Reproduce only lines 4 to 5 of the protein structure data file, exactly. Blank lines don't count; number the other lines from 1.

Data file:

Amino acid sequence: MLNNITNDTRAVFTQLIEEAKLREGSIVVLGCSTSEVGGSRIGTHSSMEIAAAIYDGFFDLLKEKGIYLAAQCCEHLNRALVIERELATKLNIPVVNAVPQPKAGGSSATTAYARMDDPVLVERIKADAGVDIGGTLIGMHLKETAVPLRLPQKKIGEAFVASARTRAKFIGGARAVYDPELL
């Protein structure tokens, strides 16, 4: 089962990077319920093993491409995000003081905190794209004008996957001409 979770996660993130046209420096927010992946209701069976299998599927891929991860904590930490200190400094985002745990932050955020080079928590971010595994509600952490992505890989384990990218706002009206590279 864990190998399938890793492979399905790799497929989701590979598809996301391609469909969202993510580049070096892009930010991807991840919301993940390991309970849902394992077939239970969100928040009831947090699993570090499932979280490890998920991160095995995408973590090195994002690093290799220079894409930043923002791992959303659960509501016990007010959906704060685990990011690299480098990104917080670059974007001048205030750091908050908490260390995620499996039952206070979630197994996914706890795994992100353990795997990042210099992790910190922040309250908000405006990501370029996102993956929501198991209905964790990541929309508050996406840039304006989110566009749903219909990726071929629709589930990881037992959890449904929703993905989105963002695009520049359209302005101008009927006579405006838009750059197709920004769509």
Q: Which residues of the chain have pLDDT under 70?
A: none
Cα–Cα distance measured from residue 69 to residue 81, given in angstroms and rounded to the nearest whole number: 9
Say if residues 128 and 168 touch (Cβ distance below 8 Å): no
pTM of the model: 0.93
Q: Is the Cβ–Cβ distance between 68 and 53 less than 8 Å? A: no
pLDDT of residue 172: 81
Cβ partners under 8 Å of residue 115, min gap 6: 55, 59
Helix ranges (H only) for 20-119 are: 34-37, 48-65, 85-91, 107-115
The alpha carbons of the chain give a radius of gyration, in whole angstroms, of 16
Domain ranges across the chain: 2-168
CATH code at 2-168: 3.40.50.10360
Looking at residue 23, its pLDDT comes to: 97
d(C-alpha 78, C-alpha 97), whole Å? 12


A: none
Cα–Cα distance measured from residue 69 to residue 81, given in angstroms and rounded to the nearest whole number: 9